Houston’s two airports – Hobby and Bush – were closed due to Hurricane Harvey flooding, but both airports opened at 4 p.m. on August 30 with limited service. They hope to be operating fully by the weekend.
However, on August 31, both airports reported they were still operating with only limited service.
Hobby and Bush wrote on August 31:
However, some of the bigger airlines are not operating out of Hobby until the weekend. “If you’re traveling out of Hobby, be advised that the bigger air carriers are expected to begin service on Saturday,” reported ABC13. That includes Southwest, which said on Twitter that it’s resuming service at noon on Saturday. See Southwest flight information here.
United is “operating a limited schedule,” though, reports CBS News. Check with your individual carrier to be certain. United wrote on Aug. 31, “Hurricane Harvey continues to affect flights to and from Texas and the Gulf Coast United flights to and from Texas and the Gulf Coast continue to be affected by Hurricane Harvey. There are now a limited number of flights operating between Houston and other major U.S. airports, but many flights to and from Houston continue to be canceled.” See details here, including on waivers.
The airports serve millions of people each year. “George Bush Intercontinental Airport served 42.9 million customers last year & offers service to more Mexican destinations than any other airport in the nation,” the airport’s Twitter page says.
As for Houston Hobby: “William P. Hobby Airport is Houston’s second largest airport, has 4 runways & serves more than 12 million passengers each year,” its Twitter page says.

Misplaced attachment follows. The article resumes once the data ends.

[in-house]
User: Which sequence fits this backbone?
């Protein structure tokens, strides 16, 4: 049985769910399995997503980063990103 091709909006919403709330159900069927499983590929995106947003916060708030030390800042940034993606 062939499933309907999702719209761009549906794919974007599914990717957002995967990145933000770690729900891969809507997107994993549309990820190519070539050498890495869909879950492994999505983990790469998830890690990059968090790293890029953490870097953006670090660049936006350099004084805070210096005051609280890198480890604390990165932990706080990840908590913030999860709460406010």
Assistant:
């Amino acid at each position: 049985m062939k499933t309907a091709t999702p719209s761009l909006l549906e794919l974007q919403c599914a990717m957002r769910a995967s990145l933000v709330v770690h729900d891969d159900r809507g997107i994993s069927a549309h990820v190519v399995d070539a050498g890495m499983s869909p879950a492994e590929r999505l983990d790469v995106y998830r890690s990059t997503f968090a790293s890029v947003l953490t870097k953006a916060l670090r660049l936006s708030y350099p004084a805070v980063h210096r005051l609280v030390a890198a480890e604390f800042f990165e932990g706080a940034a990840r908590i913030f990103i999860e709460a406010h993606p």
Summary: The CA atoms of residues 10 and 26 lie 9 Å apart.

The airports had suspended operations for days in part because roads around them were flooded. However, a viral photo showing submerged airplanes is fake. According to BGR.com, “The picture was actually made by digital artist Nickolay Lamm for search engine company StorageFront as part of a series showing the effect on rising sea levels.”
The above photo is fake, but what’s the real situation at the airports?
Here’s what you need to know:
Both airports’ operations remained suspended the morning of August 30. However, they posted identical Facebook messages on August 30 that read:
Hobby Airport (and Bush) is planning on resuming flights today at 4 p.m. Here is what you need to know:
The Houston Airports plan to resume limited domestic airline passenger service TODAY at 4 p.m. following severe weather caused by Hurricane Harvey. We will attempt to begin a phased return to service, with full service expected by this weekend.
Contact your air carrier for specific flight status updates regarding your flight.
Only those with a ticket for a confirmed scheduled flight should come to the airport.
Many roads around the City of Houston are still unsafe for travel, therefore, we urge all passengers to take their time arriving to the airports and to solidify a safe route to and/or from our facilities.
You should check with your individual carrier about when it will resume flights. United, American, and Southwest had said previously they were planning to resume flights out of the two airports on Thursday, August 31.